# 6th Grade - Calculate By Hand Or Using A Calculator

 Grade Level: 6th Skill: Algebra Topic: Calculate by Hand or Using a Calculator Goal: Solve problems manually by using the correct order of operations or by using a scientific calculator. Skill Description: Follow the order of operations rules to solve problems with multiple operations, showing the step-by-step process. Use the order of operations, together with a scientific calculator, to solve expressions with more than one operation.

## Building Blocks/Prerequisites

### Sample Problems

 (1) Evaluate the expression. 25/(4 + 1) – 3 (122) (2) (6 + 18) 23 (32) (3) 56(11) – (14 – 2 x 2) (606) (4) (175 – 5) x 52 2 (2,125) (5) [(4 + 5) x (15 ÷ 5) – 7 + 125] x 72 (7,105)

### Learning Tips

(1)

It is crucial that children memorize order of operations. They will need to use them throughout sixth grade and beyond. It is imperative that children follow these rules every time he/she solves and expression with more than one operation. Often times, the order of operations are taught using the phrase, “please excuse my dear aunt sally”, where the p stands for parentheses, e = exponents, m = multiply, d = divide, a = add, and s = subtract. The problem with this teaching strategy is that it does not teach students to move from the left side of the problem to the right using multiply and divide are interchangeably, as well as add and subtract. So, if solving a problem such as 8/4 x 2. Many students will multiply first, when he/she really needs to divide. A more appropriate way to teach would be to use a chant with hand movements to aid in memorization. Here’s an example (the words in italics are chanted aloud, the regular type is an example of the concept and bolded words are hand signals):

Grouping Symbols”

(2+4), [(3 x 4) + 5 ]

Child holds up both hands in a “c” shape to represent parentheses

Exponents

42

Child holds up two fingers with hand above head to show exponents (ex. a number squared)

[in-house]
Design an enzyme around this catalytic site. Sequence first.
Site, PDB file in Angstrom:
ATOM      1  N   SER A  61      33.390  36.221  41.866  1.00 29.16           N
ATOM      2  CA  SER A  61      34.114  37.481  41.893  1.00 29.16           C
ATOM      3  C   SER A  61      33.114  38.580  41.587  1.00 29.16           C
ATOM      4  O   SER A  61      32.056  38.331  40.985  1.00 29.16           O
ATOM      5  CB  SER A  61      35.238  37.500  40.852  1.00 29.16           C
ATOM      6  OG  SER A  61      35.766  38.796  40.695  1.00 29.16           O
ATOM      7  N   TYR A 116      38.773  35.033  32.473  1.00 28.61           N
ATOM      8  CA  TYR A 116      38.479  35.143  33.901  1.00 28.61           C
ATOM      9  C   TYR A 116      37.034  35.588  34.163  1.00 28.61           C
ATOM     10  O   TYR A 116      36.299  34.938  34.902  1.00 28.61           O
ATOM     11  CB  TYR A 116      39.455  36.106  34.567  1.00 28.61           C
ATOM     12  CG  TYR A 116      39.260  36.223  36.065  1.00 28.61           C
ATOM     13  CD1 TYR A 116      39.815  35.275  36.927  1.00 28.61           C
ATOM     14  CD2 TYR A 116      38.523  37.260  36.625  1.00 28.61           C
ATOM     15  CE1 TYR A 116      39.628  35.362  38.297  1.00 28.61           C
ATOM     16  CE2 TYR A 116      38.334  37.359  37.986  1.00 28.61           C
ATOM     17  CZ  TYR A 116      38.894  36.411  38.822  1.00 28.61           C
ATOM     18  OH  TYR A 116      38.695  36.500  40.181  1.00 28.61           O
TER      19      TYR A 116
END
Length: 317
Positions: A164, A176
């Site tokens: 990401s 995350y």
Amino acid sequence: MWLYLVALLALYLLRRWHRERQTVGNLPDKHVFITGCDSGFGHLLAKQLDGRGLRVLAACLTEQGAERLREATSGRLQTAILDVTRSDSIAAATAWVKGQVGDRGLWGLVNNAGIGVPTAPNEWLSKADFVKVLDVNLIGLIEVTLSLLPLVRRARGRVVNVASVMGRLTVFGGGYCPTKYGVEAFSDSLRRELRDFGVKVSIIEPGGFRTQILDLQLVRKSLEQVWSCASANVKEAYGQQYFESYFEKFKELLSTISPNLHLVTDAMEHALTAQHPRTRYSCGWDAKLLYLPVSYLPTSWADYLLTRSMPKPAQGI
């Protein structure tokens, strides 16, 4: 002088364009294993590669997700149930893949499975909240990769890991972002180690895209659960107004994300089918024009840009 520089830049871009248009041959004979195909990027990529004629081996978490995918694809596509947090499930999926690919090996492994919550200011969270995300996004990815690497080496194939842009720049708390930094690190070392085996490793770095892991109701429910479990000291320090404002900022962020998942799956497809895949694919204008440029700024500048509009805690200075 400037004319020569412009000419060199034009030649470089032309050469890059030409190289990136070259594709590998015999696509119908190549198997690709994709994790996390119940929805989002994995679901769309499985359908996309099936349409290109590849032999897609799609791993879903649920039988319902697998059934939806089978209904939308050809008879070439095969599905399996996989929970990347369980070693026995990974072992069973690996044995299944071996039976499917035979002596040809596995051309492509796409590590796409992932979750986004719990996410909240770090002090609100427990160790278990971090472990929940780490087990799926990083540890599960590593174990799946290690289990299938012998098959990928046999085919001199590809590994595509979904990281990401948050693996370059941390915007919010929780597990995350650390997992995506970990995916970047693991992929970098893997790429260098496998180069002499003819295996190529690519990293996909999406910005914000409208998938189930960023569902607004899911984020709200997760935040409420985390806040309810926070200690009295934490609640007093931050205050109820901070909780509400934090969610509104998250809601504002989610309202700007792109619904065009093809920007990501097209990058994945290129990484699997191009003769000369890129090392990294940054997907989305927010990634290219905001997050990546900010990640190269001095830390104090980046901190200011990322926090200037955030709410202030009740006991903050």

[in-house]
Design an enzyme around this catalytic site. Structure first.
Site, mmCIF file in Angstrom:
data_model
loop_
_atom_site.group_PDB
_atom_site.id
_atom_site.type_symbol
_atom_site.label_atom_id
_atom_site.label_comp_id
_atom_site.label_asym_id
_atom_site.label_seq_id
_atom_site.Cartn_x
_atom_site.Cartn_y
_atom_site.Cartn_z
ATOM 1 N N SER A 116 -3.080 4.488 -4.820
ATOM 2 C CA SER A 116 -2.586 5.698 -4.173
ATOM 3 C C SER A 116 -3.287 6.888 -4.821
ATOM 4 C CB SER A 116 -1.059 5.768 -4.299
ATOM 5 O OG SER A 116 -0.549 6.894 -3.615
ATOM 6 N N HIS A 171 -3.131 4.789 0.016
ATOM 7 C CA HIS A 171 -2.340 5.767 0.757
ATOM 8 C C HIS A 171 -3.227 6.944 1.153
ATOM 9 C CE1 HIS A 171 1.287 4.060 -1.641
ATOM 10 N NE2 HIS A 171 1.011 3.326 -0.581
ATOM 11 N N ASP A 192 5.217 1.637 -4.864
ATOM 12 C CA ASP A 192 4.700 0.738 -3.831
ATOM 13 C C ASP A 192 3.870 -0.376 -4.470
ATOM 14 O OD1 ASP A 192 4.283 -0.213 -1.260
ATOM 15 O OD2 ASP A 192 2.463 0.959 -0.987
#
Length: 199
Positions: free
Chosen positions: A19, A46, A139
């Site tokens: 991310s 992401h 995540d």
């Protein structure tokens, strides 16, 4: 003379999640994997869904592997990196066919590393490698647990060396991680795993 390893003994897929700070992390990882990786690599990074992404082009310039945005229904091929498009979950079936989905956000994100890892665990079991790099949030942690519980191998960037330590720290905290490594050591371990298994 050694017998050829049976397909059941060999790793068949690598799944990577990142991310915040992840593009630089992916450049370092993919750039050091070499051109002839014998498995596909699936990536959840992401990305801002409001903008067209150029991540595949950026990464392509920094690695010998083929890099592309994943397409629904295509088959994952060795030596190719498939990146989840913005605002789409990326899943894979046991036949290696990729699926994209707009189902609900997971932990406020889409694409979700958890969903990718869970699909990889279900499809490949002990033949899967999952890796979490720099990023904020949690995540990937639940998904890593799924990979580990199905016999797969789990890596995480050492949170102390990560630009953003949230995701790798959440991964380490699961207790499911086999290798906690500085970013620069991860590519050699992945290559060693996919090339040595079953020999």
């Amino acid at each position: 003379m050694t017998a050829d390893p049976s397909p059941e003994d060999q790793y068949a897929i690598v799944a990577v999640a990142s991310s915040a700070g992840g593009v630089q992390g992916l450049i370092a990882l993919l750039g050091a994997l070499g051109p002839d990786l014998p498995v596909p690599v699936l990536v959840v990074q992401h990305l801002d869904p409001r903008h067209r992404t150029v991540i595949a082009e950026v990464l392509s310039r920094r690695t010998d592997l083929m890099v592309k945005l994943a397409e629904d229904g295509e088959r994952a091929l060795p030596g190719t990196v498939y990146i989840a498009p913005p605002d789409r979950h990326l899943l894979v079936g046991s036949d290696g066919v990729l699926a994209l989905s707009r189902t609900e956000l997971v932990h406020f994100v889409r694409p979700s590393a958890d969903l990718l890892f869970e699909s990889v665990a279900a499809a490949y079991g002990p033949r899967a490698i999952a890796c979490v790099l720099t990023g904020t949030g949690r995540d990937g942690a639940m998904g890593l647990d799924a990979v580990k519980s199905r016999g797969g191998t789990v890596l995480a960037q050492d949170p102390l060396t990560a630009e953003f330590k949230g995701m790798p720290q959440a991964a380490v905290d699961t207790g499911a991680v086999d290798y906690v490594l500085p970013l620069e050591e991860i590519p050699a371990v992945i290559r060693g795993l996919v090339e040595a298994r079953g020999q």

Mulitply or divide, divide or multiply left to right”

3x4†2 or 8/4•5

Child crosses arms in an X shape for multiply, uses the left arm to show the division slash / and points from left to right.

2 + 4 – 6 or 9 - 6 + 11

Child crosses arms in a + shape for add, uses right arm to show a minus sign – and points left to right.

(2)

Many children may feel overwhelmed by expressions with more than one operation. This is why it’s important for children to isolate the part of the problem that he/she is solving. One way to do this is to use boxes and color-coding. Here’s an example of this process.

9 (4+7) -5

9 x 11 – 5

9 x 11 – 5

99 – 5

99 – 5

94

Sticky notes can also be used to block out parts of the problem that are not being worked on.

(3)

Organization is the key to success in solving expressions using the order of operations. One way to stay organized is to create a PEMDAS table that can be checked off as operations are performed or determined not to be a part of the problem. (PEMDAS stands for: p = parentheses, e = exponents, m = multiply, d = divide, a = add, and s = subtraction). However, make sure that you remember that the M does not always come before the D. M and D are equal partners. Whichever operation is on the left side of the operation is the one that must be solved first. The same goes for A and S. For these reasons, our PEMDAS table is set up differently than others you may find in teacher’s manuals or online. Here’s a sample table.

 P E M, D or D, M A, S or S, A

(4)

A scientific calculator can be used to check manually written answers. However, it is important that children be taught the proper use of the scientific calculator. It is important to find the meaning of each function key. These can be different for each brand of calculator, so be sure to research yours.

(5)

Children will be asked to use the order of operations for many different math concepts. For example, some expressions may require children to use the rules for computing integers, fractions and the order of operations. It is important that your child work slowly and think about all concepts involved when solving these challenging concepts. Remind your child that order is crucial. For, you will get two different answers if you don’t follow the correct order. Model this using the following example or one of your own.

8 + 10/2

Correct Order Incorrect Order

10/2 = 5 8 + 10 = 18

8 + 5 18/2

### Online Resources

 (1) (2) (3)

### Extra Help Problems

 (1) 5 + 14/7 (7) (2) 8 x 9 – 4 + 11 (79) (3) (2 + 13)/3 x 10 (50) (4) (14 + 15) – (11 + 4) (15) (5) (5 + 9) 43 (896) (6) 290/10 + 7 • 2 (43) (7) 16(12) – (20 - 4 x 5) (192) (8) 49 + 1 – 5 x 6 + 26 (46) (9) 175 – 5 x 42÷2 (135) (10) 25 + 12 x 11 – 14 (143) (11) (102+ 96) x (192 ÷ 12) (3,168) (12) (18 + 2 x 6) – 32 (21) (13) (22 – 6 + 15) x 2 (102 ÷ 2 x 3) (9,486) (14) [(4 + 16) x (20 ÷ 5) – 12 + 125] x 52 (4,825) (15) 150 – 5 x 22 10 (58) (16) -5 + -56  4 (-19) (17) (-100+ 96) x (-192 ÷ -12) (-64) (18) (6 + 18) -23 (-192) (19) -9/3 + 7 • -4 (-31) (20) (2.56 – 1.4) x 3.4 (3.944) (21) 9.5 - 1.24 + 3.426 x 7 (32.242) (22) 9.2 x 1.35 2 (6.21) (23) 1/5 + 3/10 x 4/5 (11/25) (24) (3/4 – ½) x 6 + 2 ½ (4) (25) (-16 x ¾) + (-11.5 x 16.2) (-198.3)